There’s no need to eulogize this Flyers season. They overachieved, made it into the playoffs, and got completely outclassed by the best team in hockey. The fact that the series went six games, and nearly even seven, is incredible. Credit to Dave Hakstol for finding a way to keep the Capitals’ firepower harnessed mostly to outside shots and clear shooting lanes, allowing the Flyers to stay in every game except for Game 3.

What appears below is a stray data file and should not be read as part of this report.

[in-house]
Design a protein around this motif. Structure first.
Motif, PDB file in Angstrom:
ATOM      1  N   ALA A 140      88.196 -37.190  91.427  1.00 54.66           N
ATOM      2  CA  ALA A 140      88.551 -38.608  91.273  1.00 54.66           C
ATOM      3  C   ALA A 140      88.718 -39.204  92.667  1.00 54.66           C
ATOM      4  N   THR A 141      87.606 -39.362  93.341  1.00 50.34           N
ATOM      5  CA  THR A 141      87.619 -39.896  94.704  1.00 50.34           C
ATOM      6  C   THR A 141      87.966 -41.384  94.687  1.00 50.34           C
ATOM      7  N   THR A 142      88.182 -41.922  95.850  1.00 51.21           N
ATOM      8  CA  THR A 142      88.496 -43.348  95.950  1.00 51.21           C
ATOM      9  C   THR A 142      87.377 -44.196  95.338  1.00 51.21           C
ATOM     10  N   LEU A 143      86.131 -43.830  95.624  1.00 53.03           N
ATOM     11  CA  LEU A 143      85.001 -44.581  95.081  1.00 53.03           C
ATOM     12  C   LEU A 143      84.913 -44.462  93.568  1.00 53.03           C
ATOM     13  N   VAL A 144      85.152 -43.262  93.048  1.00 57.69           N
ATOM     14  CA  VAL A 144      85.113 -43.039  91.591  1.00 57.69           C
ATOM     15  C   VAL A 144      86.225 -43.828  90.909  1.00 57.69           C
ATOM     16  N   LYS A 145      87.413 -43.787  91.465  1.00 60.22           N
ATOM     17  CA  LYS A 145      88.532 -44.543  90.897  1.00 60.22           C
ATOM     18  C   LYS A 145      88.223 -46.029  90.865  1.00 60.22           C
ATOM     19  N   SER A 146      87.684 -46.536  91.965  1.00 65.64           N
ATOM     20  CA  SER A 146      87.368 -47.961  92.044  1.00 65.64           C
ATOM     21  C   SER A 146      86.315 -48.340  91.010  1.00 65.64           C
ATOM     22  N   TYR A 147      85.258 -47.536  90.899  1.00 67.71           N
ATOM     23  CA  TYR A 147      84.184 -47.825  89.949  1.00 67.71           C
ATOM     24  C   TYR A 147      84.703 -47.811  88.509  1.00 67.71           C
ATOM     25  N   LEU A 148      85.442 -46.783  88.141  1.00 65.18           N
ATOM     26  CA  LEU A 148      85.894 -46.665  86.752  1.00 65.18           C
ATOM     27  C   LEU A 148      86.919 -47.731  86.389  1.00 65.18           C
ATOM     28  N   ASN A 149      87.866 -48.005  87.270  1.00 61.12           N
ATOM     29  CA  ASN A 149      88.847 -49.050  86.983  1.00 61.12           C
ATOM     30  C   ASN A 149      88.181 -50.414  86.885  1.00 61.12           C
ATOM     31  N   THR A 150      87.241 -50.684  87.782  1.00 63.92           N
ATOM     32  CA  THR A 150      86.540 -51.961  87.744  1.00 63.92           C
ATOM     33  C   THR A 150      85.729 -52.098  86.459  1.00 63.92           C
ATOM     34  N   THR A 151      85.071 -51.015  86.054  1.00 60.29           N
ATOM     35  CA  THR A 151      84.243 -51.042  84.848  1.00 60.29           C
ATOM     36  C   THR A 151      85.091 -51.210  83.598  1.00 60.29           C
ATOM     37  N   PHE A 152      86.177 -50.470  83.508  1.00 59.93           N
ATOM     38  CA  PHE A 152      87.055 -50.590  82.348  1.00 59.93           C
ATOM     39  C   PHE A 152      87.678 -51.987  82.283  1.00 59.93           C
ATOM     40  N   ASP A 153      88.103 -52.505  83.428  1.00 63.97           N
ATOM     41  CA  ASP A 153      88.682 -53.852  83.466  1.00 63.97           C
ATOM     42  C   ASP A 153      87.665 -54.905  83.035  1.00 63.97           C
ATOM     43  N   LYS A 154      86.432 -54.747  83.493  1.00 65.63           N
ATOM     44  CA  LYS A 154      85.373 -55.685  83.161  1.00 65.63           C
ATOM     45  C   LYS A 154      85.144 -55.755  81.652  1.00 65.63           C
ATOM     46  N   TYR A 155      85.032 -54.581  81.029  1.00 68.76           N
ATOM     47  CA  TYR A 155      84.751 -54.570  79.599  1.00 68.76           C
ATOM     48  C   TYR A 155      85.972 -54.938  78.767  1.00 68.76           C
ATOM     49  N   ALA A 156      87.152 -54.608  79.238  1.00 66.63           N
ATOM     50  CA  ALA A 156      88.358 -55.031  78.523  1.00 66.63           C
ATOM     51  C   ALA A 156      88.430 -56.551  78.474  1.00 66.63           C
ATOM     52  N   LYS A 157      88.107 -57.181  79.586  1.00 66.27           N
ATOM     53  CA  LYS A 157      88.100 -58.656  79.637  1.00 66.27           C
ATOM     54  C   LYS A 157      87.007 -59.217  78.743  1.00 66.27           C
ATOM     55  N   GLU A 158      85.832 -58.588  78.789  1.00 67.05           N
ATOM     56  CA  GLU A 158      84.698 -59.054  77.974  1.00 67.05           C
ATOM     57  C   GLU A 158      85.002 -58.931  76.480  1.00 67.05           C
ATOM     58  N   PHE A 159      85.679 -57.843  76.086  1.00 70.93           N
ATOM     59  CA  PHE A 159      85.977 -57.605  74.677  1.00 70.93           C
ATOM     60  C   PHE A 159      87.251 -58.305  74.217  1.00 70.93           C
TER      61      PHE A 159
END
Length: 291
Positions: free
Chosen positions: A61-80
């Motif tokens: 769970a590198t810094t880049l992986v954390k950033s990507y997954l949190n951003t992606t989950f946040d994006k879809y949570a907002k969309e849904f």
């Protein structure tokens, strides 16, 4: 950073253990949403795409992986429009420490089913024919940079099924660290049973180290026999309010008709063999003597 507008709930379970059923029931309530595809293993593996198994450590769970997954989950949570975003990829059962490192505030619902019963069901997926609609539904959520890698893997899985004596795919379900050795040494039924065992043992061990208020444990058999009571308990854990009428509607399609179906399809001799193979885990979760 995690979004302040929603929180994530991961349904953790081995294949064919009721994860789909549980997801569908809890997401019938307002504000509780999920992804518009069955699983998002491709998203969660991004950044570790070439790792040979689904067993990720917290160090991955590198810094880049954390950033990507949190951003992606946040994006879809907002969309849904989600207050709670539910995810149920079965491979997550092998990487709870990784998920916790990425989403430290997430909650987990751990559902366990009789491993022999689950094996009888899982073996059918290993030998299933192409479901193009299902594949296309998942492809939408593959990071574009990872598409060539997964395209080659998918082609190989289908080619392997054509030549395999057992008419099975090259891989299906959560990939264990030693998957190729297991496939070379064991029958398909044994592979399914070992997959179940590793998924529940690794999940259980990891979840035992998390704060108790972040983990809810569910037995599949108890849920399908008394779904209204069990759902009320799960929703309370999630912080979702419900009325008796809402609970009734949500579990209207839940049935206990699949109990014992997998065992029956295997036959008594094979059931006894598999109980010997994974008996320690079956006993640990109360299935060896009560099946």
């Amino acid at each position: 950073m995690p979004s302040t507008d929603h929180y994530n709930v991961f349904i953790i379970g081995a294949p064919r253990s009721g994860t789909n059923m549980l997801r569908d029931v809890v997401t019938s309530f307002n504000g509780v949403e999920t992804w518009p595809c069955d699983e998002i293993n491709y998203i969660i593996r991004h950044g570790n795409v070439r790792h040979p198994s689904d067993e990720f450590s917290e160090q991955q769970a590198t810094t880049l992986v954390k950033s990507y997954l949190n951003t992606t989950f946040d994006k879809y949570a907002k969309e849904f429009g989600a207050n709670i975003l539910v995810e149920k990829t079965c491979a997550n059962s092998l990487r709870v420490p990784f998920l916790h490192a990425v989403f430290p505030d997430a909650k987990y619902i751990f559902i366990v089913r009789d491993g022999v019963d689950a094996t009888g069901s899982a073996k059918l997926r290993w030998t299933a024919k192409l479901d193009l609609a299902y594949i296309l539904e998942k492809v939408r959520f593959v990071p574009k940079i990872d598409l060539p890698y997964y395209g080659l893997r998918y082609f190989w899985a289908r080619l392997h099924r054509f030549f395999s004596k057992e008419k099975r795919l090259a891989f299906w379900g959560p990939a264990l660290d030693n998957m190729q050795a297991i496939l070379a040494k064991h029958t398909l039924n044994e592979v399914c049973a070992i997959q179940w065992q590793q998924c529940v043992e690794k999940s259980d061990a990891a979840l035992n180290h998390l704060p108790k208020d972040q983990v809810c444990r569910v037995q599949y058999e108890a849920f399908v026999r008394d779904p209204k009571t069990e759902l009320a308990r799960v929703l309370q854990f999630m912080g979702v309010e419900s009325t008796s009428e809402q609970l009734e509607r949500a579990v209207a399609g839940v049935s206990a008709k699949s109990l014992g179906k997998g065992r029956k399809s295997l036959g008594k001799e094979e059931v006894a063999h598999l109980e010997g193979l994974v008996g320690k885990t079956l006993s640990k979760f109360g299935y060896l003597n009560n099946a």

But it was obvious that the Flyers are exactly one offensive scoring line – a second line – and a few defenders away from being a great team. I’ve said it all year, and had to “hear it” from Type OBs when they surged for a month, but the fact is you can’t have guys like Michael Raffl, Sam Gagner and Matt Read counted on as scoring output. The lack of scoring depth makes the first-line talent – Claude Giroux, Wayne Simmonds and Jakub Voracek – too easy to stop. The juxtaposition between the Flyers and Capitals was most clear yesterday when, at one end of the ice, Alex Ovechkin let loose a blistering snap shot that nearly handcuffed Michal Neuvirth – the same shot that did handcuff Steve Mason earlier in the series – and, at the other, Read muffed an easy cross-ice one-time opportunity. Sure, it might be unfair to compare Read to maybe the best scorer on the planet, but when he (Read) is one of the guys on whom you’re counting to convert your limited scoring chances – on the power play, along with Ryan White, Nick Cousins, Sam Ganger and Mark Streit – it’s reasonable to acknowledge just how wide the chasm is between the Flyers’ scoring lines and those of a great hockey team. The Capitals’ talent level is the target for which the Flyers need to aim in rebuilding. They’re headed in the right direction– they just have a little way to go yet.
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